An Activist Describes How the JFK Protests Took Shape
Protesters rally outside John F. Kennedy International Airport’s Terminal 4. Photo by Mohamed Sadek


This story is over 5 years old.

The Restless Youth Issue

An Activist Describes How the JFK Protests Took Shape

A small group arrived at John F. Kennedy International Airport the morning of January 28 to protest. Soon, that group grew to thousands.

This story appears in the May issue of VICE magazine. Click HERE to subscribe.

Chants roared outside Terminal 4. It was Saturday, January 28, eight days after Donald Trump had taken office, and one day since he'd signed a new executive order limiting refugee resettlement and travel. It felt near 6 PM, although I couldn't be sure—my phone had been dead for hours. A small group of us had arrived at John F. Kennedy International Airport that morning to protest. Now we were thousands.


People filled every level of the parking garage. Protesters blocked drop-off and pickup lanes. Elected officials assembled behind us. "We have a quorum!" one city-council member joked, snapping a group selfie. Rabbis lit candles and prepared remarks for a vigil. Children sat on parents' shoulders. Twenty-somethings passed pizza boxes overhead. Some clenched hands in pockets to stay warm. Others tweeted. Others raised fists.

I gnawed on half a chocolate donut. Some of us huddled behind a television truck to discuss tactics: How long should this go on? Do we plan to stay until all detainees are released? Do we want people to be arrested in civil disobedience?

We reached a quick consensus, dispersed, and returned to the roles we'd assumed since the morning. Murad Awawdeh, Fahd Ahmed, and Daniel Altschuler, local organizers, wrangled the elected officials and press. Yasmine Farhang, an Iranian lawyer, addressed the crowd through a call-and-response. I mounted the metal barricades separating the crowd from the cameras and led chants, my voice hoarse but aided by a megaphone. I realized I hadn't gone to the bathroom all day.


Twenty-four hours earlier, I was drinking a beer in Jackson Heights with Manuel Castro, who runs a day laborers' organization in Queens. He and I chatted with his staff and the members of his group who had come by at the end of a long day.


I'm the deputy director for the National Partnership for New Americans, a coalition of the country's 37 largest immigrant and refugee rights organizations. We work with our field partners—organizers like Manny—to coordinate policy campaigns, share resources, and deliver services within our communities. I am responsible for our policy and advocacy strategy.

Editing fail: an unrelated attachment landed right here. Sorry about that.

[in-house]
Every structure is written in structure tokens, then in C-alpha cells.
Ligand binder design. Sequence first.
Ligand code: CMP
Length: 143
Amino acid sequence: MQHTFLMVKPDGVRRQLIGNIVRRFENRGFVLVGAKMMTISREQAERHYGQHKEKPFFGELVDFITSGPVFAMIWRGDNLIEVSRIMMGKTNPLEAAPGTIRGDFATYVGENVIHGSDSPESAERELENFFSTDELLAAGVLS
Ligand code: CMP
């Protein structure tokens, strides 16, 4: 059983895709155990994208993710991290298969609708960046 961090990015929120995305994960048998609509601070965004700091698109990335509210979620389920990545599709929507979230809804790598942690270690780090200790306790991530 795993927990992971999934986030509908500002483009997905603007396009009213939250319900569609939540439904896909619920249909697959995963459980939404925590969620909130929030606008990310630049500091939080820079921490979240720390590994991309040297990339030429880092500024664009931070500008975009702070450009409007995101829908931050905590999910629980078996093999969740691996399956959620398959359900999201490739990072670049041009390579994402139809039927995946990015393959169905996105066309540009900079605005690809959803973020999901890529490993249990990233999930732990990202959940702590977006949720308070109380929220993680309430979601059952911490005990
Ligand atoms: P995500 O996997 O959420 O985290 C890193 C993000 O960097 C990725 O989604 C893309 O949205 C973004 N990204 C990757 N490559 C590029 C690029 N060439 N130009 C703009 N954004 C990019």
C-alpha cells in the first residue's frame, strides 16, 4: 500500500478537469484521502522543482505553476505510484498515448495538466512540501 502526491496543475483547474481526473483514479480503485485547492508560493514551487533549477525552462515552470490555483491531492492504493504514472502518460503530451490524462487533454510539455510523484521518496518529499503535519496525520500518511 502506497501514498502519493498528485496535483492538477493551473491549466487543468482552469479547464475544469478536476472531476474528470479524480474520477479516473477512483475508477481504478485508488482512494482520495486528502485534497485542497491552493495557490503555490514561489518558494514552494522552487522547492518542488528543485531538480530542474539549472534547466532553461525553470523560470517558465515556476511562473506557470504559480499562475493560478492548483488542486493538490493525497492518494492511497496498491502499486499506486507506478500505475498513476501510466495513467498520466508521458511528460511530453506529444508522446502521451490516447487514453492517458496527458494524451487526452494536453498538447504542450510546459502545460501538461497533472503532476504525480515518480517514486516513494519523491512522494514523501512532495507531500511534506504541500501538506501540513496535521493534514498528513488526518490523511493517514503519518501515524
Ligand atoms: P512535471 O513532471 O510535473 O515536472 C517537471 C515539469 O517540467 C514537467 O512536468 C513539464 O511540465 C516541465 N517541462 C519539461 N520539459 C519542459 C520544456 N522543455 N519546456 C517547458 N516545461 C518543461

As Manny and I ordered a second round, my phone glowed with a news alert. Trump had signed another executive order. The whole week had been like this, calm moments scattered amid unrelenting attacks on immigrants and refugees, the administration's first victims. Two orders on immigration had been signed on Wednesday: one to build a wall and scale enforcement along our southern border, another to go after undocumented people and the "sanctuary cities" that promised to protect them.

This one—we'd known to expect it—concerned two cornerstones of America's relationship to the rest of the world: our refugee program and the travel of foreign nationals to our country. I slid the beer aside and opened my laptop. Skimming the text of the order, I confirmed that it was what we'd seen in a leaked draft earlier in the week. The order blocked entry to the United States for travelers and refugees from seven Muslim-majority countries, barred Syrian refugees indefinitely, and effectively froze the refugee-admissions program for 120 days. I queued up our press statement and shared resources with our member organizations: analysis of the policy, talking points, and a rapid-response plan. "This is exhausting," I said to Manny after closing my tabs. "It's just been a week," he responded. "We've got a long fight ahead."


The next morning, I woke up on an air mattress in a friend's apartment in Brooklyn and began scrolling through Twitter. Customs and Border Protection had already detained people—including vetted refugees, people with visas, and even green-card holders.

In pajamas, squinting at my phone, I texted colleagues: "What do we do?" One responded: "My friend was detained last night on her way back from Iran… People are being handcuffed." At 9:30 AM, Jacki Esposito, a lawyer with a long history in the immigrant rights movement, said, "Let's go to JFK now and protest."